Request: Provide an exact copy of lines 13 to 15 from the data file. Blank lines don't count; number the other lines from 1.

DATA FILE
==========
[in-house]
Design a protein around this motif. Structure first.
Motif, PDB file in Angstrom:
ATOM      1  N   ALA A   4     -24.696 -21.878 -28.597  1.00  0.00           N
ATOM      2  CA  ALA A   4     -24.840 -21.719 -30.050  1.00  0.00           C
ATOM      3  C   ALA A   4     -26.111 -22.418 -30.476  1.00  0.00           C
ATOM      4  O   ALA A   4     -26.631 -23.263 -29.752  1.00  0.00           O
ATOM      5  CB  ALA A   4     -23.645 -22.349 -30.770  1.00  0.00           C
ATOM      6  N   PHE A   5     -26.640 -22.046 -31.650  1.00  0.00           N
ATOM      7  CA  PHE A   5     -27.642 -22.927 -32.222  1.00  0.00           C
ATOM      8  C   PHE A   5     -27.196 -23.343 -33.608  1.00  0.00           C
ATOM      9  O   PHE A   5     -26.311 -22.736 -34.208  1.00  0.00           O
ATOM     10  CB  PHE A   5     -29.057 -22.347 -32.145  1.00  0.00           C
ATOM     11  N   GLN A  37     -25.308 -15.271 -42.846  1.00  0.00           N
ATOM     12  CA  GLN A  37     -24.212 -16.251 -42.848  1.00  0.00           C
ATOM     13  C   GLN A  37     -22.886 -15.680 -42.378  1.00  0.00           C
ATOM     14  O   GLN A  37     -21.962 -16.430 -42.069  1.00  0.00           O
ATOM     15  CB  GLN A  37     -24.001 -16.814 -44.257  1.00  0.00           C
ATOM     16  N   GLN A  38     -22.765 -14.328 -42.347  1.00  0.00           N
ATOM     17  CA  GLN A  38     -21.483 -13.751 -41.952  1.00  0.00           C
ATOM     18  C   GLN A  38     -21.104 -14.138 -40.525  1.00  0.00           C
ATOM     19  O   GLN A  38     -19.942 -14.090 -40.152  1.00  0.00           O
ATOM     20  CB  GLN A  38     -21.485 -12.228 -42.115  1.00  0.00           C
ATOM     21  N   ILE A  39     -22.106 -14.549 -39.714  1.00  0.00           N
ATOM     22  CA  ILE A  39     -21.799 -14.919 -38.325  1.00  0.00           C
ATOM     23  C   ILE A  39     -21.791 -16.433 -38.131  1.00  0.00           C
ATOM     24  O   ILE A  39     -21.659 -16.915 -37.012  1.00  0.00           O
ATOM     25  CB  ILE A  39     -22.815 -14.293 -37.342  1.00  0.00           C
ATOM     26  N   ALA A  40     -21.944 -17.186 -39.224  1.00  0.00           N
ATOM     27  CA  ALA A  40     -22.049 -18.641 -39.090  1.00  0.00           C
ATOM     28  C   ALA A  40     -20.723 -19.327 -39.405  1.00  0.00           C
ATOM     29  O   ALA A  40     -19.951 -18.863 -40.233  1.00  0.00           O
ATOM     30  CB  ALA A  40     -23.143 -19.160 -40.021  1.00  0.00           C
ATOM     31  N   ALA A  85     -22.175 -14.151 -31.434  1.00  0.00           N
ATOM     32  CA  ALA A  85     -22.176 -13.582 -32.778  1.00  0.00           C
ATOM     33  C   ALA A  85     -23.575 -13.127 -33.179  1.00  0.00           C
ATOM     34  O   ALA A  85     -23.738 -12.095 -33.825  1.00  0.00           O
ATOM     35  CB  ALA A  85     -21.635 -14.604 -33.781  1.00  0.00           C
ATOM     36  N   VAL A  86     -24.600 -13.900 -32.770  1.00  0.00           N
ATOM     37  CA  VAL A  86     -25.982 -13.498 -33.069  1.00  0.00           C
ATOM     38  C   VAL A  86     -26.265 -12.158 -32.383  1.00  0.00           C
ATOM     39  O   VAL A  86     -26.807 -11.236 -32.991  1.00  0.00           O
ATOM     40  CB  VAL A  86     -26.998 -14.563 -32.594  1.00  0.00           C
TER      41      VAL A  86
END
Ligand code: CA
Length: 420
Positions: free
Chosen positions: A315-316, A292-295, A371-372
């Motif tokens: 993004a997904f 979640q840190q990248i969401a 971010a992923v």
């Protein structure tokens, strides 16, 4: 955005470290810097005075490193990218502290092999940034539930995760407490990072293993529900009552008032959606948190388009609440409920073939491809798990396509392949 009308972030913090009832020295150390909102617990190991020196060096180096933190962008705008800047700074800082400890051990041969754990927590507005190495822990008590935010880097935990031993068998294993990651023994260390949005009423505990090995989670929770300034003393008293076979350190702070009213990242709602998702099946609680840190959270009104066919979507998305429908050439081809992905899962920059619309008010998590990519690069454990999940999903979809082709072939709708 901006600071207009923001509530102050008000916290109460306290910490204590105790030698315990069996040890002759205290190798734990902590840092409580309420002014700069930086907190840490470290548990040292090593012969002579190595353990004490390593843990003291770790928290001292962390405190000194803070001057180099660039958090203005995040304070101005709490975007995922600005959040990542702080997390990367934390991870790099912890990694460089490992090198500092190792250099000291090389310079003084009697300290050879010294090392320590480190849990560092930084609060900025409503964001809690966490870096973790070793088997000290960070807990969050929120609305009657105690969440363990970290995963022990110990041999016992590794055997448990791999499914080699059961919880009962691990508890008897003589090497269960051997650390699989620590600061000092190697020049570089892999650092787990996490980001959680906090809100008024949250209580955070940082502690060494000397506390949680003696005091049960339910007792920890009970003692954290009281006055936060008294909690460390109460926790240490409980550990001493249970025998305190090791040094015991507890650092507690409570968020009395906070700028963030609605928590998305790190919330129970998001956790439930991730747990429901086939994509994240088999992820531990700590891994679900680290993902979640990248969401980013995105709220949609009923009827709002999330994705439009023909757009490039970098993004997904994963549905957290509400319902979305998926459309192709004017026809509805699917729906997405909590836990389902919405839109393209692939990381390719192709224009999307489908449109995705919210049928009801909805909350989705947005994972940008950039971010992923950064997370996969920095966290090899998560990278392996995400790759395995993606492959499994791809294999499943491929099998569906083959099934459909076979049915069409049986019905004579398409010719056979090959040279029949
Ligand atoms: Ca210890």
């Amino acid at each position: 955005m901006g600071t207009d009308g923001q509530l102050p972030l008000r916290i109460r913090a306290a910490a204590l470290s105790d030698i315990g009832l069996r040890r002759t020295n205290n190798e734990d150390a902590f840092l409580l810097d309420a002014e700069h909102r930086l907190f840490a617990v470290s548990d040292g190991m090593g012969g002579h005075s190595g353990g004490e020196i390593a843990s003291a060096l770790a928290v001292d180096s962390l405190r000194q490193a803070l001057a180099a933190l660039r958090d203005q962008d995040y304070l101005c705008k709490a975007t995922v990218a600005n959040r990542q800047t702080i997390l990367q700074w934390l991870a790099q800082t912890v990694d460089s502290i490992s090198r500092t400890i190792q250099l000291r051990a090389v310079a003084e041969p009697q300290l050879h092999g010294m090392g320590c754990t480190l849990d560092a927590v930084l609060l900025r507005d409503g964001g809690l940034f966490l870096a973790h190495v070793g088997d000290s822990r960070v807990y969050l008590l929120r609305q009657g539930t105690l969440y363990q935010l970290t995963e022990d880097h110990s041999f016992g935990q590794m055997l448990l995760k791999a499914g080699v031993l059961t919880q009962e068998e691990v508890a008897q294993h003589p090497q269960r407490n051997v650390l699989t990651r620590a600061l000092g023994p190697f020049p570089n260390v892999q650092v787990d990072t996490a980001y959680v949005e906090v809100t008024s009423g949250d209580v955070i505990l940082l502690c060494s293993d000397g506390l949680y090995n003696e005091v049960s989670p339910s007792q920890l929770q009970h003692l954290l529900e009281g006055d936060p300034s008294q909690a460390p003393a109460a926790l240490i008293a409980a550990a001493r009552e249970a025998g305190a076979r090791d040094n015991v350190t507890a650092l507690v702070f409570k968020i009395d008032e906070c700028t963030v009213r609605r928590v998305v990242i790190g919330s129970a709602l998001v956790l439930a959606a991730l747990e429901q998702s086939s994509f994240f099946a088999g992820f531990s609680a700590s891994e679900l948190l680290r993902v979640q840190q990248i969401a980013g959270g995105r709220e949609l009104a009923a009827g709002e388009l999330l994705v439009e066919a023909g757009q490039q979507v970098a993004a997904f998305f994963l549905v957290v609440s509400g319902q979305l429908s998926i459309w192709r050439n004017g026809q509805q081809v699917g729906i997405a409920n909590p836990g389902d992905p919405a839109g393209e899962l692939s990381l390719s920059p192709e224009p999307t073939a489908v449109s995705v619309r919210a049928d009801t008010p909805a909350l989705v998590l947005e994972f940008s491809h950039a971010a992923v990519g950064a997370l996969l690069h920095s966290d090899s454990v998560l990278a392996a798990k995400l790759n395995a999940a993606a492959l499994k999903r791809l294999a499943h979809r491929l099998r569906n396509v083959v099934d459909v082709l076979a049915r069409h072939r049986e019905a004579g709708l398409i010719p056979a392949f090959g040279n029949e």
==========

ATOM     10  CB  PHE A   5     -29.057 -22.347 -32.145  1.00  0.00           C
ATOM     11  N   GLN A  37     -25.308 -15.271 -42.846  1.00  0.00           N
ATOM     12  CA  GLN A  37     -24.212 -16.251 -42.848  1.00  0.00           C